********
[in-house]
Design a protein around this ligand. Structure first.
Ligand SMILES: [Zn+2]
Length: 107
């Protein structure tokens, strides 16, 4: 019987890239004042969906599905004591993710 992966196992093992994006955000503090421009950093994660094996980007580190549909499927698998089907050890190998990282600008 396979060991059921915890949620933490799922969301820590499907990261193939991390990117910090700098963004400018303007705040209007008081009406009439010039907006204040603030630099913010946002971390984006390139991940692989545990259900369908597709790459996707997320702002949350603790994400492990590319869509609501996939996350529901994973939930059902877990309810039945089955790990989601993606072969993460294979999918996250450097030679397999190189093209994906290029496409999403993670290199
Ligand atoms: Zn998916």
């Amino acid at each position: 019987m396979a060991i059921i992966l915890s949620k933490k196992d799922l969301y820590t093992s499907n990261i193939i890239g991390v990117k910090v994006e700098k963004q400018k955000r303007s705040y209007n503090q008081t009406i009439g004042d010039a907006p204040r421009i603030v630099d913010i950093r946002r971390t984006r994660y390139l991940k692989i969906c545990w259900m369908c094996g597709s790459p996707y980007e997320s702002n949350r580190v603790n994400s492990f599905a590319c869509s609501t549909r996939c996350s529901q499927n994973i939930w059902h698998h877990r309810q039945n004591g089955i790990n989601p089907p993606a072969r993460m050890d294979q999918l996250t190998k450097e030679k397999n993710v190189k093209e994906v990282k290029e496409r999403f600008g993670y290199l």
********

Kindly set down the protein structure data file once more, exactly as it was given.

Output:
[in-house]
Design a protein around this ligand. Structure first.
Ligand SMILES: [Zn+2]
Length: 107
């Protein structure tokens, strides 16, 4: 019987890239004042969906599905004591993710 992966196992093992994006955000503090421009950093994660094996980007580190549909499927698998089907050890190998990282600008 396979060991059921915890949620933490799922969301820590499907990261193939991390990117910090700098963004400018303007705040209007008081009406009439010039907006204040603030630099913010946002971390984006390139991940692989545990259900369908597709790459996707997320702002949350603790994400492990590319869509609501996939996350529901994973939930059902877990309810039945089955790990989601993606072969993460294979999918996250450097030679397999190189093209994906290029496409999403993670290199
Ligand atoms: Zn998916």
């Amino acid at each position: 019987m396979a060991i059921i992966l915890s949620k933490k196992d799922l969301y820590t093992s499907n990261i193939i890239g991390v990117k910090v994006e700098k963004q400018k955000r303007s705040y209007n503090q008081t009406i009439g004042d010039a907006p204040r421009i603030v630099d913010i950093r946002r971390t984006r994660y390139l991940k692989i969906c545990w259900m369908c094996g597709s790459p996707y980007e997320s702002n949350r580190v603790n994400s492990f599905a590319c869509s609501t549909r996939c996350s529901q499927n994973i939930w059902h698998h877990r309810q039945n004591g089955i790990n989601p089907p993606a072969r993460m050890d294979q999918l996250t190998k450097e030679k397999n993710v190189k093209e994906v990282k290029e496409r999403f600008g993670y290199l």